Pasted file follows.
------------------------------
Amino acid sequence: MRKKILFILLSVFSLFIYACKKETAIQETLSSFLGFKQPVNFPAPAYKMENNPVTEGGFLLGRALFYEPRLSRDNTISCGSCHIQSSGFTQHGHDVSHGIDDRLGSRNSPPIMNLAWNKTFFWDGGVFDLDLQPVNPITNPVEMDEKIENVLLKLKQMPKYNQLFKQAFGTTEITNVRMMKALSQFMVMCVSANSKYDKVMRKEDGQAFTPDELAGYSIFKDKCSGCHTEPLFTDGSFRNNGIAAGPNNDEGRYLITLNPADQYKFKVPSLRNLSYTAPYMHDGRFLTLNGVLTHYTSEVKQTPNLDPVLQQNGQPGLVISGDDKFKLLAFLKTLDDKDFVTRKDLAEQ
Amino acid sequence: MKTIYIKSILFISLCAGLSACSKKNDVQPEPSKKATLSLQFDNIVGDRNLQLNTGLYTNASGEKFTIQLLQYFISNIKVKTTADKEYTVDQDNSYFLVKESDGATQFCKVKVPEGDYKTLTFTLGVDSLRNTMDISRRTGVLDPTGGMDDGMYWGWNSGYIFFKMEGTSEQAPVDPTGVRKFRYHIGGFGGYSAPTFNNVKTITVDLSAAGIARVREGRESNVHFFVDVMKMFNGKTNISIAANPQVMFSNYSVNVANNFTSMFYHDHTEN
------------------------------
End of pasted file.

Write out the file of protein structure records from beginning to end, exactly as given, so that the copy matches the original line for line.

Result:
Amino acid sequence: MRKKILFILLSVFSLFIYACKKETAIQETLSSFLGFKQPVNFPAPAYKMENNPVTEGGFLLGRALFYEPRLSRDNTISCGSCHIQSSGFTQHGHDVSHGIDDRLGSRNSPPIMNLAWNKTFFWDGGVFDLDLQPVNPITNPVEMDEKIENVLLKLKQMPKYNQLFKQAFGTTEITNVRMMKALSQFMVMCVSANSKYDKVMRKEDGQAFTPDELAGYSIFKDKCSGCHTEPLFTDGSFRNNGIAAGPNNDEGRYLITLNPADQYKFKVPSLRNLSYTAPYMHDGRFLTLNGVLTHYTSEVKQTPNLDPVLQQNGQPGLVISGDDKFKLLAFLKTLDDKDFVTRKDLAEQ
Amino acid sequence: MKTIYIKSILFISLCAGLSACSKKNDVQPEPSKKATLSLQFDNIVGDRNLQLNTGLYTNASGEKFTIQLLQYFISNIKVKTTADKEYTVDQDNSYFLVKESDGATQFCKVKVPEGDYKTLTFTLGVDSLRNTMDISRRTGVLDPTGGMDDGMYWGWNSGYIFFKMEGTSEQAPVDPTGVRKFRYHIGGFGGYSAPTFNNVKTITVDLSAAGIARVREGRESNVHFFVDVMKMFNGKTNISIAANPQVMFSNYSVNVANNFTSMFYHDHTEN